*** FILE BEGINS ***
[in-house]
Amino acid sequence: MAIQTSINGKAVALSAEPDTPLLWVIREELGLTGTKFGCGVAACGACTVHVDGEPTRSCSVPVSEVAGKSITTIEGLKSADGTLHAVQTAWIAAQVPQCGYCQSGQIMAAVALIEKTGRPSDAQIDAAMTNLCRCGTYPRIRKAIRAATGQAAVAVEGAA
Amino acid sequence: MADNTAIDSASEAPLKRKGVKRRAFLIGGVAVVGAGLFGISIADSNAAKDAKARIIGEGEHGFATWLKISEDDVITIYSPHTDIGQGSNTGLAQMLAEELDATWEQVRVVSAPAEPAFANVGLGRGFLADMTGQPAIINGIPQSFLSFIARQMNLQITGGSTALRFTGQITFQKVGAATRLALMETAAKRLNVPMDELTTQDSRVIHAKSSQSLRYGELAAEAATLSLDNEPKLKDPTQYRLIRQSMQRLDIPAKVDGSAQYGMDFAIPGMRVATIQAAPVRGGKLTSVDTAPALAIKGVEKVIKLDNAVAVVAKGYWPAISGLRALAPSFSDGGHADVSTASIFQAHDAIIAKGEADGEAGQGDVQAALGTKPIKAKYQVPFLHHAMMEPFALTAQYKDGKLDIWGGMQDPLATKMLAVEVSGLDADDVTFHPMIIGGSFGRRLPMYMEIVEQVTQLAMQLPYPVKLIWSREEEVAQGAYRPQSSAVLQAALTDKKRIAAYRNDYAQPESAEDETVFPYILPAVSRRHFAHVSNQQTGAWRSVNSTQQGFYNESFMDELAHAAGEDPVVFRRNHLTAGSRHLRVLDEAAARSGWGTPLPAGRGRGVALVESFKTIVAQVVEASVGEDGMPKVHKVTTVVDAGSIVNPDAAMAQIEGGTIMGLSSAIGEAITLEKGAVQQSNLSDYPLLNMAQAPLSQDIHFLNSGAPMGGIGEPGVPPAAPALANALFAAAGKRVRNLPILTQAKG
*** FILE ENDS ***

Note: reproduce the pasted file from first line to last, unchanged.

[in-house]
Amino acid sequence: MAIQTSINGKAVALSAEPDTPLLWVIREELGLTGTKFGCGVAACGACTVHVDGEPTRSCSVPVSEVAGKSITTIEGLKSADGTLHAVQTAWIAAQVPQCGYCQSGQIMAAVALIEKTGRPSDAQIDAAMTNLCRCGTYPRIRKAIRAATGQAAVAVEGAA
Amino acid sequence: MADNTAIDSASEAPLKRKGVKRRAFLIGGVAVVGAGLFGISIADSNAAKDAKARIIGEGEHGFATWLKISEDDVITIYSPHTDIGQGSNTGLAQMLAEELDATWEQVRVVSAPAEPAFANVGLGRGFLADMTGQPAIINGIPQSFLSFIARQMNLQITGGSTALRFTGQITFQKVGAATRLALMETAAKRLNVPMDELTTQDSRVIHAKSSQSLRYGELAAEAATLSLDNEPKLKDPTQYRLIRQSMQRLDIPAKVDGSAQYGMDFAIPGMRVATIQAAPVRGGKLTSVDTAPALAIKGVEKVIKLDNAVAVVAKGYWPAISGLRALAPSFSDGGHADVSTASIFQAHDAIIAKGEADGEAGQGDVQAALGTKPIKAKYQVPFLHHAMMEPFALTAQYKDGKLDIWGGMQDPLATKMLAVEVSGLDADDVTFHPMIIGGSFGRRLPMYMEIVEQVTQLAMQLPYPVKLIWSREEEVAQGAYRPQSSAVLQAALTDKKRIAAYRNDYAQPESAEDETVFPYILPAVSRRHFAHVSNQQTGAWRSVNSTQQGFYNESFMDELAHAAGEDPVVFRRNHLTAGSRHLRVLDEAAARSGWGTPLPAGRGRGVALVESFKTIVAQVVEASVGEDGMPKVHKVTTVVDAGSIVNPDAAMAQIEGGTIMGLSSAIGEAITLEKGAVQQSNLSDYPLLNMAQAPLSQDIHFLNSGAPMGGIGEPGVPPAAPALANALFAAAGKRVRNLPILTQAKG